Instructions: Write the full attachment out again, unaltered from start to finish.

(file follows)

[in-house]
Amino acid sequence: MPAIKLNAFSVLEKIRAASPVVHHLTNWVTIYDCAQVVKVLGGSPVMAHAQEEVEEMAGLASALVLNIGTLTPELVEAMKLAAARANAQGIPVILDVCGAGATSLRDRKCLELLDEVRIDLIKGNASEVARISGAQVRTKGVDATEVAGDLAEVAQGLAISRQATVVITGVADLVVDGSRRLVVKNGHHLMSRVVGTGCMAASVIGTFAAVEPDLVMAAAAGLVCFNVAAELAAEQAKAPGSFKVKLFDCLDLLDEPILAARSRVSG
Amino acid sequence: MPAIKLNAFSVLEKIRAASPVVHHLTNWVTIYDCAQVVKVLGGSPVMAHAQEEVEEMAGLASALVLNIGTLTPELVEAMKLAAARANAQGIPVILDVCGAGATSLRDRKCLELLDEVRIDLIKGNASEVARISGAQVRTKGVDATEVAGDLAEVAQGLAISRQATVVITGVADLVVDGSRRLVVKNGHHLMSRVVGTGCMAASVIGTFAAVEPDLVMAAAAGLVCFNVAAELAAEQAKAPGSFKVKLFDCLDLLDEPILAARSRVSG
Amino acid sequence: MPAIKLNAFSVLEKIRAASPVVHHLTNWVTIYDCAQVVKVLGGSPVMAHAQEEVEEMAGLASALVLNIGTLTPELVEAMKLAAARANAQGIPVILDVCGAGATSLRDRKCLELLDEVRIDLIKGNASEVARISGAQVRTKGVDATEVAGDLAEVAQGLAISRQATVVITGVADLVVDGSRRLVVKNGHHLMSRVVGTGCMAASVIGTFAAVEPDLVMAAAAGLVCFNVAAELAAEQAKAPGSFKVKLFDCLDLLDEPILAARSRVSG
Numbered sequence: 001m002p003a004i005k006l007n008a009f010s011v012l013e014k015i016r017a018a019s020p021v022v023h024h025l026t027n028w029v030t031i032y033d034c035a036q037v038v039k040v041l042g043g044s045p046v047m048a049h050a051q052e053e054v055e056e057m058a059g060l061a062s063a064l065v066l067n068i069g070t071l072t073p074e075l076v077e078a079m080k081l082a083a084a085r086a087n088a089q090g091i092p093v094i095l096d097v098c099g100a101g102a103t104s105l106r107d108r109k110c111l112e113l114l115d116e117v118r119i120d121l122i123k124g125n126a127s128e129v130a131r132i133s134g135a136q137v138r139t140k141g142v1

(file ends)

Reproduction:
[in-house]
Amino acid sequence: MPAIKLNAFSVLEKIRAASPVVHHLTNWVTIYDCAQVVKVLGGSPVMAHAQEEVEEMAGLASALVLNIGTLTPELVEAMKLAAARANAQGIPVILDVCGAGATSLRDRKCLELLDEVRIDLIKGNASEVARISGAQVRTKGVDATEVAGDLAEVAQGLAISRQATVVITGVADLVVDGSRRLVVKNGHHLMSRVVGTGCMAASVIGTFAAVEPDLVMAAAAGLVCFNVAAELAAEQAKAPGSFKVKLFDCLDLLDEPILAARSRVSG
Amino acid sequence: MPAIKLNAFSVLEKIRAASPVVHHLTNWVTIYDCAQVVKVLGGSPVMAHAQEEVEEMAGLASALVLNIGTLTPELVEAMKLAAARANAQGIPVILDVCGAGATSLRDRKCLELLDEVRIDLIKGNASEVARISGAQVRTKGVDATEVAGDLAEVAQGLAISRQATVVITGVADLVVDGSRRLVVKNGHHLMSRVVGTGCMAASVIGTFAAVEPDLVMAAAAGLVCFNVAAELAAEQAKAPGSFKVKLFDCLDLLDEPILAARSRVSG
Amino acid sequence: MPAIKLNAFSVLEKIRAASPVVHHLTNWVTIYDCAQVVKVLGGSPVMAHAQEEVEEMAGLASALVLNIGTLTPELVEAMKLAAARANAQGIPVILDVCGAGATSLRDRKCLELLDEVRIDLIKGNASEVARISGAQVRTKGVDATEVAGDLAEVAQGLAISRQATVVITGVADLVVDGSRRLVVKNGHHLMSRVVGTGCMAASVIGTFAAVEPDLVMAAAAGLVCFNVAAELAAEQAKAPGSFKVKLFDCLDLLDEPILAARSRVSG
Numbered sequence: 001m002p003a004i005k006l007n008a009f010s011v012l013e014k015i016r017a018a019s020p021v022v023h024h025l026t027n028w029v030t031i032y033d034c035a036q037v038v039k040v041l042g043g044s045p046v047m048a049h050a051q052e053e054v055e056e057m058a059g060l061a062s063a064l065v066l067n068i069g070t071l072t073p074e075l076v077e078a079m080k081l082a083a084a085r086a087n088a089q090g091i092p093v094i095l096d097v098c099g100a101g102a103t104s105l106r107d108r109k110c111l112e113l114l115d116e117v118r119i120d121l122i123k124g125n126a127s128e129v130a131r132i133s134g135a136q137v138r139t140k141g142v1